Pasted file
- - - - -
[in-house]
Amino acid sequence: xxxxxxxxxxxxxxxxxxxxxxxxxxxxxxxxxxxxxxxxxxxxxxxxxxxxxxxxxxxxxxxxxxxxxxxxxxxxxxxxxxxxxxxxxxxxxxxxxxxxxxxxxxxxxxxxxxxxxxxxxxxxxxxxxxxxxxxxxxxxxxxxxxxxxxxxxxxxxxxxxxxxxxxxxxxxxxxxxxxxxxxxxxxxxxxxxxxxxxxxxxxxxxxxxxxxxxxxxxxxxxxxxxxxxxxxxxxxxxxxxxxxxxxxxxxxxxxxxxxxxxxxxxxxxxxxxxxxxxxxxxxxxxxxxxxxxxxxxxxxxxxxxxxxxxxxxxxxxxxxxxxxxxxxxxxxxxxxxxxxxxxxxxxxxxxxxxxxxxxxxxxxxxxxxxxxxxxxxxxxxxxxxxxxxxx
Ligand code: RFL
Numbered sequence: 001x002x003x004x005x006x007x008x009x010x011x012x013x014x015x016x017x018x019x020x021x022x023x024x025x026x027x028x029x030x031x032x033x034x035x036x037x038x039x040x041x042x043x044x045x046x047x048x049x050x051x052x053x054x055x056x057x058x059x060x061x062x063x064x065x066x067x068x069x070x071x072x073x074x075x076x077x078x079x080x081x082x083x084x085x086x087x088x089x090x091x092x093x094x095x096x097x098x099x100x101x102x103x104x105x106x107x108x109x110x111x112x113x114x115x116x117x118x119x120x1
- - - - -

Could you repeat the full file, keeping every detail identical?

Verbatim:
[in-house]
Amino acid sequence: xxxxxxxxxxxxxxxxxxxxxxxxxxxxxxxxxxxxxxxxxxxxxxxxxxxxxxxxxxxxxxxxxxxxxxxxxxxxxxxxxxxxxxxxxxxxxxxxxxxxxxxxxxxxxxxxxxxxxxxxxxxxxxxxxxxxxxxxxxxxxxxxxxxxxxxxxxxxxxxxxxxxxxxxxxxxxxxxxxxxxxxxxxxxxxxxxxxxxxxxxxxxxxxxxxxxxxxxxxxxxxxxxxxxxxxxxxxxxxxxxxxxxxxxxxxxxxxxxxxxxxxxxxxxxxxxxxxxxxxxxxxxxxxxxxxxxxxxxxxxxxxxxxxxxxxxxxxxxxxxxxxxxxxxxxxxxxxxxxxxxxxxxxxxxxxxxxxxxxxxxxxxxxxxxxxxxxxxxxxxxxxxxxxxxxx
Ligand code: RFL
Numbered sequence: 001x002x003x004x005x006x007x008x009x010x011x012x013x014x015x016x017x018x019x020x021x022x023x024x025x026x027x028x029x030x031x032x033x034x035x036x037x038x039x040x041x042x043x044x045x046x047x048x049x050x051x052x053x054x055x056x057x058x059x060x061x062x063x064x065x066x067x068x069x070x071x072x073x074x075x076x077x078x079x080x081x082x083x084x085x086x087x088x089x090x091x092x093x094x095x096x097x098x099x100x101x102x103x104x105x106x107x108x109x110x111x112x113x114x115x116x117x118x119x120x1